Stroll through farmers markets or explore stalls to get a taste of everything cherry – from fresh cherry jams, cherry wines, cherry pancakes, and all kinds of desserts stuffed with juicy cherries. The cherry on the cake is perhaps the pie-eating contest, where you get to feast on the cherry goodness. Your palms and mouth smeared with cherry sauce sure leave a sweet aftertaste, even if you lose. 

4. Salon du Chocolat, Paris

 

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Started in Paris, Salon du Chocolat is a rich, creamy, chocolatey heaven that is held at different parts of the world each year. Crunchy cocoa bars, velvety pastries, gooey chocolate balls, all await to be plonked in your mouth. To top it all, there’s also a chocolate fountain – stretch that arm to get a spoonful of whipped chocolate that’s sure to send you into a choco-coma.

Chefs come here to illustrate their crafts, while others can come to try and make some chocolate. Want more? There’s a fashion show with models walking the ramp in dresses spun out of rich chocolate. An extravaganza, a visit here is bound to make you feel like Charlie in a chocolate factory. 

Ithaka’s Pro Tip: Buzz is that the festival will be next held in Seoul, South Korea in January 2020.

5. Maslenitsa Pancake Festival, Russia

 

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A 7-day pancake week, this is a festival held in the last week of February to welcome summer. The star of the show are blinis – a thin round buttery pancake that look like crepes. This round delicacy symbolises the sun, and the Russians consume these in copious amounts – to stock up on energy and warmth before it’s time for Lent (a 40-day fast from meat and festivities till Easter). 

There are huge feasts, where delicious blinis are served with jam, butter, fruit, and beer. Besides the food, you will see flashes of colour amid the retreating snow, where people dance in vivid costumes. They play about in the snow, indulge in ice skating, and meet their relatives, burying negative thoughts and saying goodbye to the long winter. On the last day, they burn the Maslenitsa mascot – a straw doll, dressed in an elaborate costume with a pancake in hand, bringing the end of winter.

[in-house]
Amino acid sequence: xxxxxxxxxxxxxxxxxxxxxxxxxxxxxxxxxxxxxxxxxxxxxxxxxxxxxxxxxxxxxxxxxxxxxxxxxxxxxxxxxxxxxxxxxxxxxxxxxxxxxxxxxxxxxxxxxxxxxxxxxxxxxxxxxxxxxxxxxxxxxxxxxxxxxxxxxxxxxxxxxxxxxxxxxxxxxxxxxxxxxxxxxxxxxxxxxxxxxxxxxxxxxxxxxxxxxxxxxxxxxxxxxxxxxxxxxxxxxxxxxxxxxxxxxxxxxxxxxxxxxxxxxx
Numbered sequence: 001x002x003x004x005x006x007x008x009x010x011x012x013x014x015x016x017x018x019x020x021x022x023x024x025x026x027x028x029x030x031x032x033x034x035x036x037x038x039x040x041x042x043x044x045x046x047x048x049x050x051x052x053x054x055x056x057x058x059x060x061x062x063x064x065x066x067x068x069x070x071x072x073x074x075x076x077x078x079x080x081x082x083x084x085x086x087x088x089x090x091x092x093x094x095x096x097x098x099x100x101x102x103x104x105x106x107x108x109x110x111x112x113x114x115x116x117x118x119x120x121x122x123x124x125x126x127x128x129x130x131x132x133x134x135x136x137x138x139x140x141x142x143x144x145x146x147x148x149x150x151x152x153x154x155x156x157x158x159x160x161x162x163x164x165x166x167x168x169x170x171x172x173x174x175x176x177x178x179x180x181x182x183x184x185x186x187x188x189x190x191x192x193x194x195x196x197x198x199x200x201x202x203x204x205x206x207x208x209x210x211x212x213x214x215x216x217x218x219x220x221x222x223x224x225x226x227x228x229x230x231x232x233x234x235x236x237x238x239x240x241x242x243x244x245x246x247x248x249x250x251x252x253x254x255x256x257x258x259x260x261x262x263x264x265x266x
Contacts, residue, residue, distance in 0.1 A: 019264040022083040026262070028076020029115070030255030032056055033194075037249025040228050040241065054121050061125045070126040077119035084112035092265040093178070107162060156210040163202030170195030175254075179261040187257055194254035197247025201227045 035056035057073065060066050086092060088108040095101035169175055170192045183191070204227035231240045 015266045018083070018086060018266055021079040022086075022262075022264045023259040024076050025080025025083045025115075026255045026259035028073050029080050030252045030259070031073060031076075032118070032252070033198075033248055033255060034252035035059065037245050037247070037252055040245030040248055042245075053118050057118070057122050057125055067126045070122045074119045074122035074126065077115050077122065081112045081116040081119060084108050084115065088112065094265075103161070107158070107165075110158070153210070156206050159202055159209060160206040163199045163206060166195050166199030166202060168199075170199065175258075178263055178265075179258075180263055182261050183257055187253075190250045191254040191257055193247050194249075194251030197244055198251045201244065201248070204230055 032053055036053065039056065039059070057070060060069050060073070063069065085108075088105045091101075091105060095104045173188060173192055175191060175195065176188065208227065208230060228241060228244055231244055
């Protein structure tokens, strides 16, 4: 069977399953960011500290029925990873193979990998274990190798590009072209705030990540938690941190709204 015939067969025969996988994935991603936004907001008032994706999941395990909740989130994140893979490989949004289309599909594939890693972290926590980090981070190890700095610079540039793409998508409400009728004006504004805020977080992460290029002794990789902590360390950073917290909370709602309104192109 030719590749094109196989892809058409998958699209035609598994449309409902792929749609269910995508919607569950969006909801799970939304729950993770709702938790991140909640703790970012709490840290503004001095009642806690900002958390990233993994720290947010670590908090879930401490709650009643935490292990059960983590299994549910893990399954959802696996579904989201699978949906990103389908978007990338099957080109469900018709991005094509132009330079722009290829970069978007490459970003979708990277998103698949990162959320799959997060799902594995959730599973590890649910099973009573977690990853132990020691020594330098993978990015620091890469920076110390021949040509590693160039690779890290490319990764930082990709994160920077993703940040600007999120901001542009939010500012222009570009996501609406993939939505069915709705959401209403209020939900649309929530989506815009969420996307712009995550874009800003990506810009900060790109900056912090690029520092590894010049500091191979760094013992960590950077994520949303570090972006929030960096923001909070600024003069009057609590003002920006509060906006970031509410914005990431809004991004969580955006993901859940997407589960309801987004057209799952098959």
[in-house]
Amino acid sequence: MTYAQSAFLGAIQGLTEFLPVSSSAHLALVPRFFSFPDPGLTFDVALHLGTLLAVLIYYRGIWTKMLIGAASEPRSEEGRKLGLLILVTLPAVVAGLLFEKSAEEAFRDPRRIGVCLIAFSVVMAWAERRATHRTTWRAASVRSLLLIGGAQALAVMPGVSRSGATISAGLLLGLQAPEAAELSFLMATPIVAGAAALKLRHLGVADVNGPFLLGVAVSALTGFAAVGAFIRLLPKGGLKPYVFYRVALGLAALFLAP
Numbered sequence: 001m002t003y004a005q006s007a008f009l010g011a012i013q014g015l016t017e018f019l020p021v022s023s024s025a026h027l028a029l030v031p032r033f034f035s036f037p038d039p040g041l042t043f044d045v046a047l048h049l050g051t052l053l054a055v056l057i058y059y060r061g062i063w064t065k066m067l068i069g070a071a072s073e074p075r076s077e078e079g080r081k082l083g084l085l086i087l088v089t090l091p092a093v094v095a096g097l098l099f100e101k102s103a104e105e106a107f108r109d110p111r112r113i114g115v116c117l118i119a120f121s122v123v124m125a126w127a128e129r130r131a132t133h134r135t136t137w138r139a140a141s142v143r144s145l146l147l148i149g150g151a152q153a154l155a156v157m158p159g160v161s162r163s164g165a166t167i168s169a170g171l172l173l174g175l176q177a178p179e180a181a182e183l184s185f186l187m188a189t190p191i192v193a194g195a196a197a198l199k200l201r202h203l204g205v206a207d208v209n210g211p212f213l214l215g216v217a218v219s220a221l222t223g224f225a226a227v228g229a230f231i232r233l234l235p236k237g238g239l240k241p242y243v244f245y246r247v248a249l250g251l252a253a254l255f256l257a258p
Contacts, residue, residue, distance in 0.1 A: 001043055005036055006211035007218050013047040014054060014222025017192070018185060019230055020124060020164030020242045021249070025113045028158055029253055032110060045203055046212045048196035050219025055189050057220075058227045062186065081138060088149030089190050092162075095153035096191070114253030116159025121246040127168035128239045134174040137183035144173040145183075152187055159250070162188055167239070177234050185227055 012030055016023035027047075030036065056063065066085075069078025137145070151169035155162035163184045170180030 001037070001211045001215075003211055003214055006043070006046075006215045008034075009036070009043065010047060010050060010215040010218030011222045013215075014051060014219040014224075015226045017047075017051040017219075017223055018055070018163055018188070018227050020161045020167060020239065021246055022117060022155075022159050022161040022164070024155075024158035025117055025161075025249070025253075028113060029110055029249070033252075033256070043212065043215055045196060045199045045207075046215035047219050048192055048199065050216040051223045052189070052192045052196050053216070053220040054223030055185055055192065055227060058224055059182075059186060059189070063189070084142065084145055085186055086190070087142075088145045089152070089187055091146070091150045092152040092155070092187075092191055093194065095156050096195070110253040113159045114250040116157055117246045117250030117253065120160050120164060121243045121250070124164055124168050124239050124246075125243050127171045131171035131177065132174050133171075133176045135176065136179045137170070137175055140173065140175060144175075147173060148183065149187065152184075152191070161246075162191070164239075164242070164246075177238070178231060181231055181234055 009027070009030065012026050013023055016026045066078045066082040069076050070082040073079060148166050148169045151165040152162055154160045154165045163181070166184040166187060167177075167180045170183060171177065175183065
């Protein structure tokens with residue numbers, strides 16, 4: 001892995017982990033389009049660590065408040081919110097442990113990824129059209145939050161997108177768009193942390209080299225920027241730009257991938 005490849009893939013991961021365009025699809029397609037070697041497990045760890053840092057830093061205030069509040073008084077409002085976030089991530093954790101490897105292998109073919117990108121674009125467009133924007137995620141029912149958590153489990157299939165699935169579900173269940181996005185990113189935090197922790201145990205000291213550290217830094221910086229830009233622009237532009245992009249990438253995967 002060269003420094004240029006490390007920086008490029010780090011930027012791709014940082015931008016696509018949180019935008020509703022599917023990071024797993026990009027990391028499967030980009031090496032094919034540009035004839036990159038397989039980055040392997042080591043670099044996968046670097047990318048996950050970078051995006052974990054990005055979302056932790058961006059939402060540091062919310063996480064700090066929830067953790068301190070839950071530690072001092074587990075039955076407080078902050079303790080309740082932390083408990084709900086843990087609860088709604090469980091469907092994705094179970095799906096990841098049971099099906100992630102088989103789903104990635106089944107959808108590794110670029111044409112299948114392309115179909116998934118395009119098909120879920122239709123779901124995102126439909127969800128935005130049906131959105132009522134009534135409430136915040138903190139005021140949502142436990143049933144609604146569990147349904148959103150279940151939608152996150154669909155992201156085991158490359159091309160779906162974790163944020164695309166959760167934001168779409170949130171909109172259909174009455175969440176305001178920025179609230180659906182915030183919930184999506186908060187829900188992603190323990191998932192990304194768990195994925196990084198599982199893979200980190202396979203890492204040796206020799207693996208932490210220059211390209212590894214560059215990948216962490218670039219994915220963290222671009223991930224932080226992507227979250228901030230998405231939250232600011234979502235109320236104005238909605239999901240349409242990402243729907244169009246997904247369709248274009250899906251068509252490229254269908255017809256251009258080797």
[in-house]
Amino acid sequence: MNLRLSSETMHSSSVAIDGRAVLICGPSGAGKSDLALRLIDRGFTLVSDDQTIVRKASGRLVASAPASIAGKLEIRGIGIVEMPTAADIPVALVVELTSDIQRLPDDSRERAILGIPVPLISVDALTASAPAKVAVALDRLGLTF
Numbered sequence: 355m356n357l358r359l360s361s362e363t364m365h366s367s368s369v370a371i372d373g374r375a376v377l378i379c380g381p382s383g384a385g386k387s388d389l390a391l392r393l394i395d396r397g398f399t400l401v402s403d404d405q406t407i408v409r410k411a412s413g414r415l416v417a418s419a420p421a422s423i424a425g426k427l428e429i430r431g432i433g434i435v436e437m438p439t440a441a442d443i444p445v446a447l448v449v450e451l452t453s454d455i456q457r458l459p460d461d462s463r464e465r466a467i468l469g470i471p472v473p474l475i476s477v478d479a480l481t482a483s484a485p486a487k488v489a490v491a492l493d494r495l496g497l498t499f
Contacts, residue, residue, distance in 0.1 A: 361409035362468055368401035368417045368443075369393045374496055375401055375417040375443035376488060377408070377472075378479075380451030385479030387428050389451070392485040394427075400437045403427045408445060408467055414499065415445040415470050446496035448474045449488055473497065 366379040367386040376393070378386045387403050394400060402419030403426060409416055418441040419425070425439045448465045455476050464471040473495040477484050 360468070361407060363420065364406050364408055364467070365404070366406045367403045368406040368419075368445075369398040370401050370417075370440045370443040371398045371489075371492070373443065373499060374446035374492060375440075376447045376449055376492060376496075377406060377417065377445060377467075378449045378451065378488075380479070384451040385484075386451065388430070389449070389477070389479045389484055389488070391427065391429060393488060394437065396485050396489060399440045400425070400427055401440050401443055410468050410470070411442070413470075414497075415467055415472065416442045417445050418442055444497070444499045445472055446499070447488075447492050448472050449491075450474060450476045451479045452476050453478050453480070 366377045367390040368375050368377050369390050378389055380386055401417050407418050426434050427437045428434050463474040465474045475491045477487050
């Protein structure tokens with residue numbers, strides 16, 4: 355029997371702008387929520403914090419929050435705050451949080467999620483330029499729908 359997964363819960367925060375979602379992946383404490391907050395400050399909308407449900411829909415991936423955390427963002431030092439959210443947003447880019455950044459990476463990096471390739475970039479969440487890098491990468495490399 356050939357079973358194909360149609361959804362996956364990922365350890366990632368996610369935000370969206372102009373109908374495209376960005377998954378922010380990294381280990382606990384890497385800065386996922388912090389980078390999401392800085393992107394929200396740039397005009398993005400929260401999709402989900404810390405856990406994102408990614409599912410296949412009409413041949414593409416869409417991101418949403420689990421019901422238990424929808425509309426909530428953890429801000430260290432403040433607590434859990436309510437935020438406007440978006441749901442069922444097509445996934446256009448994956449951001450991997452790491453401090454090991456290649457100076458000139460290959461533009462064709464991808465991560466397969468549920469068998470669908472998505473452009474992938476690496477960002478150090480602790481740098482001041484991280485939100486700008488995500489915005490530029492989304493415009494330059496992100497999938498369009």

6. Poutine Festival, Ottawa, Canada

 

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What’s a Poutine? It’s not Russian, we promise! Poutine is nothing but crispy french fries and cheese curds, all topped with a generous amount of chicken gravy. Invented in Canada, this is a dish that lets you be as creative as you can get. And the best way to experience this, is at the 4-day Poutine festival, where you get to wolf down Poutines prepared by food trucks from around the world.

The festival offers innumerable choices to tickle your taste buds. Poutines are tossed with delicious meats like bacon, lobsters, shrimp, or turkey and sprinkled with fresh veggies, creamy ranch sauces, and lots of cheese. If you’re a happy glutton, don’t forget to try your luck at the Poutine eating contest.

So, is it gonna be fries or the Pizza? Or the cherry overload? Whatever it is, we hope you find your bae in food. When we taste a morsel of local food, we become one with that culture, perhaps only for a moment. So savour it.